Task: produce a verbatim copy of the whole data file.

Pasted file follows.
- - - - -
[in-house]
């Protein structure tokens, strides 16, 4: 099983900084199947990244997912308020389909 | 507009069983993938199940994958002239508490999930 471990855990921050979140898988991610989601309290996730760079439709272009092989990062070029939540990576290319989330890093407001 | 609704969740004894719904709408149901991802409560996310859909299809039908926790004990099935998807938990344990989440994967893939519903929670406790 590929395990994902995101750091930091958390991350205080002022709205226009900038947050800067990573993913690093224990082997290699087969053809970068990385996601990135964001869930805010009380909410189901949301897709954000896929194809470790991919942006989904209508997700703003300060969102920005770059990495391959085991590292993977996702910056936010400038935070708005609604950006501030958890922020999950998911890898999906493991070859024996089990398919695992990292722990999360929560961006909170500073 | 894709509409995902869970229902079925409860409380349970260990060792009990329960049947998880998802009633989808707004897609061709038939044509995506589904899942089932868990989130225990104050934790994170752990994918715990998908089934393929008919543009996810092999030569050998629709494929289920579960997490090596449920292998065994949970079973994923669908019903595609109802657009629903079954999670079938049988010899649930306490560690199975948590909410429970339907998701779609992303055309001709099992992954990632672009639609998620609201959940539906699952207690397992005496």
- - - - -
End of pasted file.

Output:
[in-house]
């Protein structure tokens, strides 16, 4: 099983900084199947990244997912308020389909 | 507009069983993938199940994958002239508490999930 471990855990921050979140898988991610989601309290996730760079439709272009092989990062070029939540990576290319989330890093407001 | 609704969740004894719904709408149901991802409560996310859909299809039908926790004990099935998807938990344990989440994967893939519903929670406790 590929395990994902995101750091930091958390991350205080002022709205226009900038947050800067990573993913690093224990082997290699087969053809970068990385996601990135964001869930805010009380909410189901949301897709954000896929194809470790991919942006989904209508997700703003300060969102920005770059990495391959085991590292993977996702910056936010400038935070708005609604950006501030958890922020999950998911890898999906493991070859024996089990398919695992990292722990999360929560961006909170500073 | 894709509409995902869970229902079925409860409380349970260990060792009990329960049947998880998802009633989808707004897609061709038939044509995506589904899942089932868990989130225990104050934790994170752990994918715990998908089934393929008919543009996810092999030569050998629709494929289920579960997490090596449920292998065994949970079973994923669908019903595609109802657009629903079954999670079938049988010899649930306490560690199975948590909410429970339907998701779609992303055309001709099992992954990632672009639609998620609201959940539906699952207690397992005496």